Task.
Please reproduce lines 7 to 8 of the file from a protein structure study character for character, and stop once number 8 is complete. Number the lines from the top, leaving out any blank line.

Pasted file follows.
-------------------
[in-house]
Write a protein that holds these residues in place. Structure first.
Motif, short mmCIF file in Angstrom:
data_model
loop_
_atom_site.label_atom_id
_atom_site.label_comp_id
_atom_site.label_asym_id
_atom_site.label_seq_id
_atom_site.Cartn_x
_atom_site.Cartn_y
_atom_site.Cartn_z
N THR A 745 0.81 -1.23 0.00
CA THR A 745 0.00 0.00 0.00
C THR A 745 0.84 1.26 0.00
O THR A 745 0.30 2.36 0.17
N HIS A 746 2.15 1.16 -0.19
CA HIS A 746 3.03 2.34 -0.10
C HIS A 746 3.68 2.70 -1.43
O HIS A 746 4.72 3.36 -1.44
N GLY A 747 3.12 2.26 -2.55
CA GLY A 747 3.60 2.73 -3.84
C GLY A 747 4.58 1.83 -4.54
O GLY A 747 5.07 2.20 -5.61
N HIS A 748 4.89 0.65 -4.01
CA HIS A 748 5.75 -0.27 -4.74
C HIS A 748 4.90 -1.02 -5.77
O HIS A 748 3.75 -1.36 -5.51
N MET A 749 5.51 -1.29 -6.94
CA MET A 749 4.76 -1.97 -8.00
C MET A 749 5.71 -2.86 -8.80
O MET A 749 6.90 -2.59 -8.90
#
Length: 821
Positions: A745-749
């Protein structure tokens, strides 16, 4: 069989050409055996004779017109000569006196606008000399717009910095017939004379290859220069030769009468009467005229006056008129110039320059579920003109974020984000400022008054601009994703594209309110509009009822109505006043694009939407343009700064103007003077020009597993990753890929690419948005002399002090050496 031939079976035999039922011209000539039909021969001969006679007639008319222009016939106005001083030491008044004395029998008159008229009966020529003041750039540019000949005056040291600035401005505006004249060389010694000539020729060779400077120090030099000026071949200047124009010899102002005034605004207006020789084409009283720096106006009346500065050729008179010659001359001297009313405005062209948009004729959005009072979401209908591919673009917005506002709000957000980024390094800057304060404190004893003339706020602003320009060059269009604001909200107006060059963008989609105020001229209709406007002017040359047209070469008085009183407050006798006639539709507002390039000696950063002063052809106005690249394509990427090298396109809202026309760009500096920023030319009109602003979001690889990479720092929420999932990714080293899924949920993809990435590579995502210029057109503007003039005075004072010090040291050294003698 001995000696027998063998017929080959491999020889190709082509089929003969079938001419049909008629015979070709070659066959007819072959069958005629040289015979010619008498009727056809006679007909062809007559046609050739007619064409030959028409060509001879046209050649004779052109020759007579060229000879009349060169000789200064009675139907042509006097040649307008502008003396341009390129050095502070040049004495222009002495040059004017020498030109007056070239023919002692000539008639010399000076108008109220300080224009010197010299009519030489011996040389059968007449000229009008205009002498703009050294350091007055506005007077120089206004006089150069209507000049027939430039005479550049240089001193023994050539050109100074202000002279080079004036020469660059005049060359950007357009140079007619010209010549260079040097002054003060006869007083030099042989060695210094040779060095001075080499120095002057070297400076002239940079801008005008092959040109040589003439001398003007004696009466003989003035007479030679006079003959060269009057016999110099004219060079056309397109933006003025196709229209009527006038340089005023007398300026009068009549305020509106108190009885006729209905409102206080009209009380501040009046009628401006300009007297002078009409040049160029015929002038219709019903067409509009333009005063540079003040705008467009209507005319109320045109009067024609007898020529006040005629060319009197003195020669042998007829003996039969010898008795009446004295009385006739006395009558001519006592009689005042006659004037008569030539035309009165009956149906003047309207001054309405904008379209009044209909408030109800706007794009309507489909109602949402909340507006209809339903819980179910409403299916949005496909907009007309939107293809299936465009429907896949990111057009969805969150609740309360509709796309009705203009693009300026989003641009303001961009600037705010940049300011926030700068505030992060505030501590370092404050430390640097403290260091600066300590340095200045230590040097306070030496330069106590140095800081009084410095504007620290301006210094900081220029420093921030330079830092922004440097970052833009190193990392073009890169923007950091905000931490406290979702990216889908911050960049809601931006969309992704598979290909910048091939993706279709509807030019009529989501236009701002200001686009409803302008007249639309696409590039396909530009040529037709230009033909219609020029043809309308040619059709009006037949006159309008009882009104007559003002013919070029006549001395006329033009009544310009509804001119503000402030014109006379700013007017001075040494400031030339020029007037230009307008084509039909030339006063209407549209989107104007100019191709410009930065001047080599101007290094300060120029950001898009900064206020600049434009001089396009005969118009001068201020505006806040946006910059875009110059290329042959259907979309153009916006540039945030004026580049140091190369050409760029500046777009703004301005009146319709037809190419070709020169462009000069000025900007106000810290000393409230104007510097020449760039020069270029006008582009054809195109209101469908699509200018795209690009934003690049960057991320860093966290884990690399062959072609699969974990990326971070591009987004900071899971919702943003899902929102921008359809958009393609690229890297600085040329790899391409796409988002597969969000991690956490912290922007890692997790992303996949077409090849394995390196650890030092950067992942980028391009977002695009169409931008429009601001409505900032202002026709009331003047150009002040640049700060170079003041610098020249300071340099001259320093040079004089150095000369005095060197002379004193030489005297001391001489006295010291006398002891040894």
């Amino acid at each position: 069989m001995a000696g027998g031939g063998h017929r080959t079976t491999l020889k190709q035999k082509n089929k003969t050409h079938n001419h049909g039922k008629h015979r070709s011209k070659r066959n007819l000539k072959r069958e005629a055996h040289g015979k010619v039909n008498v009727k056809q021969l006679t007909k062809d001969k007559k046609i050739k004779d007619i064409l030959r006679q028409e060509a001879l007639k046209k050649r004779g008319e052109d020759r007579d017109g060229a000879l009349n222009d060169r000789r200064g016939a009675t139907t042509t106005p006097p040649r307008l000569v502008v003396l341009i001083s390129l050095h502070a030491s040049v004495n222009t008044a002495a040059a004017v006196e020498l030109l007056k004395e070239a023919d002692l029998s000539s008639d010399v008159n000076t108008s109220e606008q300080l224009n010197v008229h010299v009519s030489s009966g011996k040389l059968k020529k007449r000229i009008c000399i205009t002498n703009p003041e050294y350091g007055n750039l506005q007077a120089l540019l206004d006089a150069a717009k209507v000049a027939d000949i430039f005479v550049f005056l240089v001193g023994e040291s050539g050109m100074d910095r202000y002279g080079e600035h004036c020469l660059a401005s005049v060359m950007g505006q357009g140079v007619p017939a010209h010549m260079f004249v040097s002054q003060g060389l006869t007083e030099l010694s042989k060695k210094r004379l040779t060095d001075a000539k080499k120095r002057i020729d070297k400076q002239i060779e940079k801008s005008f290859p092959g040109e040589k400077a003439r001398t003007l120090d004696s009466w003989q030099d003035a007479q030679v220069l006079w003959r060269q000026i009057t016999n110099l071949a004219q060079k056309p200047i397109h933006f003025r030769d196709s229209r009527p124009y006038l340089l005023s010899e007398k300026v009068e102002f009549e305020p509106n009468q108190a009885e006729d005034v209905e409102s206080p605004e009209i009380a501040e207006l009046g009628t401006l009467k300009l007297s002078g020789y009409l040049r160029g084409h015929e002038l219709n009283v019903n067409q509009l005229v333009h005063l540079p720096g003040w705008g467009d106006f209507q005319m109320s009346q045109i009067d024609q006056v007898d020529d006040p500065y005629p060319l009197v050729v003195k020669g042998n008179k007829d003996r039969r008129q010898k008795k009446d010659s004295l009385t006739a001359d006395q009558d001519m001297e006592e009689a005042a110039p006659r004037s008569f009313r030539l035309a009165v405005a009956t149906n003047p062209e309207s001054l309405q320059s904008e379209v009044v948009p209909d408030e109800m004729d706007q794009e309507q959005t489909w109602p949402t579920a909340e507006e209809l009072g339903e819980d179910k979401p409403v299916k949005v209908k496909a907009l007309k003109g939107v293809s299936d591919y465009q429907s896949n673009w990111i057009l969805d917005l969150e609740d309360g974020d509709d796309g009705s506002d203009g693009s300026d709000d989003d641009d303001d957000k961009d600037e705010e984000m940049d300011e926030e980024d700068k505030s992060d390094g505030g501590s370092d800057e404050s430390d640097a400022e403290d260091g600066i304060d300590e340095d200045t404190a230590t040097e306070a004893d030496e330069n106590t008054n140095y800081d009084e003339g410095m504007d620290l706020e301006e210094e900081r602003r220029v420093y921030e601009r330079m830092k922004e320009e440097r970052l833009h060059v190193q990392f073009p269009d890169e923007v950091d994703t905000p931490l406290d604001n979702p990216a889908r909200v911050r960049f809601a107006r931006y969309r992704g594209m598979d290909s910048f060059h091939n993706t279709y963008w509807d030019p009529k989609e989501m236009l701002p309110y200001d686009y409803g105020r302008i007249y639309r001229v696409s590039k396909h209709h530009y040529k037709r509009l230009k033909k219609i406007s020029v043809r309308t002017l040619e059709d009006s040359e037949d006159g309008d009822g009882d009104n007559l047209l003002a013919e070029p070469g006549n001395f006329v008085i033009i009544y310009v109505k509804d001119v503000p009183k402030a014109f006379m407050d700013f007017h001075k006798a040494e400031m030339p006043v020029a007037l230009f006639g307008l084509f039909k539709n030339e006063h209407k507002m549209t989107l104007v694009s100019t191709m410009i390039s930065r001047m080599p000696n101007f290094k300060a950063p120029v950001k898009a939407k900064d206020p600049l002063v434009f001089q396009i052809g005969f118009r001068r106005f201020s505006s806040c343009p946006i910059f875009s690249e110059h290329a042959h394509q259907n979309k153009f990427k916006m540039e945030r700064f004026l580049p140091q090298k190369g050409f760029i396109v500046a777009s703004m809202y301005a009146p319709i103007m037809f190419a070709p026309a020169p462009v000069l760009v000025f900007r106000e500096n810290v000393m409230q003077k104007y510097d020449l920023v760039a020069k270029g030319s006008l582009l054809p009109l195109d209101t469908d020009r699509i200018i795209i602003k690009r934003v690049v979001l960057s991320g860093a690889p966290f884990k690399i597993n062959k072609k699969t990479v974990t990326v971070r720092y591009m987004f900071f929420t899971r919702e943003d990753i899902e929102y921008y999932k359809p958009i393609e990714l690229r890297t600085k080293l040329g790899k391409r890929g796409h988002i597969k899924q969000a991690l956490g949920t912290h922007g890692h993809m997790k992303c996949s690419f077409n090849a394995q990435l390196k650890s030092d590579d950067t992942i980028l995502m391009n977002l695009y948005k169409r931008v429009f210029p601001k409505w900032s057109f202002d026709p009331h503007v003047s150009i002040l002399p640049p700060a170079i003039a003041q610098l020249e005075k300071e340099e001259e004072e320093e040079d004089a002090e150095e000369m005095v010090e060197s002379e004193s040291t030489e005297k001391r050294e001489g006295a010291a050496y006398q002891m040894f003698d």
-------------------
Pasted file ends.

_atom_site.label_comp_id
_atom_site.label_asym_id